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At PawSox yard sale, the memories come with curbside pickup

A ‘bittersweet’ sale and auction -- virtual, this year -- offer fans a crack at collectibles including a Big Papi bobblehead or a jersey signed by Pedro

The PawSox auction will include a jersey signed by Pedro Martinez, a photo signed by Carlton Fisk, and a bobblehead signed by Wade Boggs.Courtesy of the Pawtucket Red Sox (Custom credit)

PAWTUCKET, R.I. — Like anyone moving out of their home after 50 years, the Pawtucket Red Sox have accumulated a ton of memories, along with a lot of stuff. So on Saturday, the minor league team will hold a major league “yard sale.”

The Triple-A affiliate of the Boston Red Sox will be moving into a new stadium in Worcester next year, beginning a new life as the WooSox. But first, the team will hold a virtual “BallYard Sale” at its old home, beginning at 10 a.m. Saturday on the Pawtucket Red Sox Facebook and @Pawsox Twitter channels.


The pandemic wiped out the 2020 minor league season, scuttling the team’s plans for a season-long celebration of a half-century of PawSox baseball. And likewise, the pandemic eliminated the possibility of allowing fans to enter McCoy Stadium one last time to buy souvenirs.

So the memories will come with curbside pickup or delivery available.

“It’s a little bittersweet for us,” said Bill Wanless, the PawSox senior vice president for communications, on Thursday. “This really isn’t a revenue generator, by any means. This is a yard sale, so we are keeping it at yard-sale-type prices.”

Certain items — like a jersey signed by Pedro Martinez — will be sold to the highest bidder via online auction, with proceeds going to the PawSox Foundation, which supports local charities and organizations, he said.

PawSox vice chairman Mike Tamburro, who has been with the club for more than 40 years, said the team will take some memorabilia to Worcester to display at Polar Park, the new home of the WooSox.

“But fortunately for PawSox fans, we still have an abundance of items that can allow fans to keep a piece of PawSox history in their homes,” he said. “We are all filled with emotion, and we thought fans might enjoy having some of these small baseball treasures to cherish, especially in the holiday season.”


There are a lot of treasures to choose from. The yard sale will include some 1,000 player jerseys, game-used helmets, clubhouse chairs, signed player photos, a cluster of caps, and a bounty of bobbleheads.

Also on offer: seven styles of jerseys from the 2020 season that were never worn because the players never took the field, as well as uniforms from past seasons, including the ones with “Fightin’ Quahogs” and “Hot Wieners” logos.

At the auction, collectors can bid on the jersey that Martinez, a Hall of Fame pitcher, signed while working with Eduardo Rodriguez in Pawtucket, Wanless said.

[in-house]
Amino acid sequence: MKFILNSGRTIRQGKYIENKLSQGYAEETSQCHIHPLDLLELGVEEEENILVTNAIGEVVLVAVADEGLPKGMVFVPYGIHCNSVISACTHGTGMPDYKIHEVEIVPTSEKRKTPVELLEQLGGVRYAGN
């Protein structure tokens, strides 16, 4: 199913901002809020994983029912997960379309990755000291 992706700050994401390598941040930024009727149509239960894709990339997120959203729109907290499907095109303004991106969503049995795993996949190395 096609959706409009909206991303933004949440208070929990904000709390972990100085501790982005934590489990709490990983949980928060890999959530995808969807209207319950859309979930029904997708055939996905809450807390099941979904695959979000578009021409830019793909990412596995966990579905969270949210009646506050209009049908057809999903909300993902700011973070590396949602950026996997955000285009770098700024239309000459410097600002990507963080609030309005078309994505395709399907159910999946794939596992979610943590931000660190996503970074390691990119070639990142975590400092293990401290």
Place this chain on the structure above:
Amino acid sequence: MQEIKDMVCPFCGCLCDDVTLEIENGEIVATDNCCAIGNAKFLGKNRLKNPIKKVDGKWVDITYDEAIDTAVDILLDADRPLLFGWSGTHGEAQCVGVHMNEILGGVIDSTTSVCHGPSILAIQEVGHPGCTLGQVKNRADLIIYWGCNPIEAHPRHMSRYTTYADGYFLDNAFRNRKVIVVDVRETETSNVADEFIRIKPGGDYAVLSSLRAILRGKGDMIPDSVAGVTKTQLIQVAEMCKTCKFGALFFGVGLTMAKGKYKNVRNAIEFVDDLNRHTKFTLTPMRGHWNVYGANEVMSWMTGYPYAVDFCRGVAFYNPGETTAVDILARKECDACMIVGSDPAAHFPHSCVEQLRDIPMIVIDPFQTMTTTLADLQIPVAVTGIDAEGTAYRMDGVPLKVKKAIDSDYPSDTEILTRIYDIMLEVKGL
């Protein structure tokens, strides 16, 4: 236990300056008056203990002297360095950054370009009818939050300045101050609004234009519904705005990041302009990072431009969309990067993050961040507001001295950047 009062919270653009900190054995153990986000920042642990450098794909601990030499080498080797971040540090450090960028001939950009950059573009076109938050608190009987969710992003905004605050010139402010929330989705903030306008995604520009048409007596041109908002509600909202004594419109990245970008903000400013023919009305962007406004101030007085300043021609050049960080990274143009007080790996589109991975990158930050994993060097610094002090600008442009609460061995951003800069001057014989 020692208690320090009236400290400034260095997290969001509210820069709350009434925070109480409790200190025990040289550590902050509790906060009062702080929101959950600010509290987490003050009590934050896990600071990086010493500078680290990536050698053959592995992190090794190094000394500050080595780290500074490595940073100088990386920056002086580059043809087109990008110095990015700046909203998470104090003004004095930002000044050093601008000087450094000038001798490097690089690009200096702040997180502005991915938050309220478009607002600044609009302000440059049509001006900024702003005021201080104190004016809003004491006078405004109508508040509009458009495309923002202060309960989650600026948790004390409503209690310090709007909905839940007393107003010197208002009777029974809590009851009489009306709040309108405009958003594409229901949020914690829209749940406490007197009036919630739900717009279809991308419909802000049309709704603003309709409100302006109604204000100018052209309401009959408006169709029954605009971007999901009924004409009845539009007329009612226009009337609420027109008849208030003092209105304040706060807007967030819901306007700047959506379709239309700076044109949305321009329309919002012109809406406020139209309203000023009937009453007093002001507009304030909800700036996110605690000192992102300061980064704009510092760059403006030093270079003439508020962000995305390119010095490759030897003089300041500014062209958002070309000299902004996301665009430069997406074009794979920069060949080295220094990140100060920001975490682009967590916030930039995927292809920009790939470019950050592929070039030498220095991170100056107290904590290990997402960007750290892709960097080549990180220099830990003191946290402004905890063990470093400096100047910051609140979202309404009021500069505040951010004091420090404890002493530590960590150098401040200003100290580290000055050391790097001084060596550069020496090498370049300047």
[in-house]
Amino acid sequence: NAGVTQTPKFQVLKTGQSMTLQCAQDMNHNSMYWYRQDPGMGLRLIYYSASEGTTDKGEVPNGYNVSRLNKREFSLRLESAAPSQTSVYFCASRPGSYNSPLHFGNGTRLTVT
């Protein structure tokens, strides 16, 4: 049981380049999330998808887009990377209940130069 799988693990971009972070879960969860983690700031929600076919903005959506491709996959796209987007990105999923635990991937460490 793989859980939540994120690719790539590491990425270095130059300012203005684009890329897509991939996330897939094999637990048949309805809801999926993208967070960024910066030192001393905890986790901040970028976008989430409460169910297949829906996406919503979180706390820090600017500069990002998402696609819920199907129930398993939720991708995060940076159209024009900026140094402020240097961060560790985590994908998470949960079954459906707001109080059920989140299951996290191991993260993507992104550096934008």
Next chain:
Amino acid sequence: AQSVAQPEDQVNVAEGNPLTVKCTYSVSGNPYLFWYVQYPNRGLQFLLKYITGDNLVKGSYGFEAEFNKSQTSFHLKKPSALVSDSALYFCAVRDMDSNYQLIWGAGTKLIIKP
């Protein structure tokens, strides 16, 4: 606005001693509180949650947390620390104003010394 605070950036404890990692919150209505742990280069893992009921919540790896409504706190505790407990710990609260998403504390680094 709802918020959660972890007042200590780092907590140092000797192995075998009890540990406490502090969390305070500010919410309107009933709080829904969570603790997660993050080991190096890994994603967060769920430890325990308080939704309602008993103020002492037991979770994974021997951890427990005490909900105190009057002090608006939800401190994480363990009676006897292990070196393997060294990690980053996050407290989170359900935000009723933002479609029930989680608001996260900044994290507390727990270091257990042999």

The auction also will include a photo signed by Carlton Fisk, a bobblehead signed by Kevin Youkilis, and baseballs signed by Jim Rice, Wade Boggs, and Roger Clemens.

Baseballs signed by Jim Rice, Wade Boggs, and Roger ClemensCourtesy of the Pawtucket Red Sox (Custom credit)

The sale and auction will continue through Dec. 10.

Cox Communications will televise a one-hour show titled “Last Chance at History — A PawSox Jersey & Memorabilia Sale” on Cox Channel 4 (1004 in HD). The TV-shopping-channel-style show will air Saturday at 10 p.m. It will include tours of the “Hall of History” at McCoy.

Although the 2020 season was a scratch, the PawSox were able to hold a “grand finale” weekend in October, Wanless said. Fans got a chance to run the bases, kids got to take batting practice, and Boy Scouts got to have a sleepover on the field.


“Obviously, it wasn’t what we wanted, with all the things we had planned for the end of 2020 that fans would have enjoyed,” Wanless said. “But like other things we have done, such as ‘Dining on the Diamond,’ it was meant to allow fans to have another McCoy experience before it ended.”

Wanless said no final decisions have been made about what to do with the faded McCoy murals of players like Jason Varitek, Bronson Arroyo, and Juan Beniquez. And he’s not sure of the plans for the display showing the score for all 33 innings of the longest game in professional baseball history (which the PawSox won, 3 to 2, in 1981).

But Wanless said the Polar Park architect, Janet Marie Smith, plans to create a museum at the new ballpark, and it will commemorate 50 years of PawSox baseball in addition to the story of baseball in Worcester. “She wants some of the history to live on in Worcester,” he said.

Edward Fitzpatrick can be reached at Follow him @FitzProv.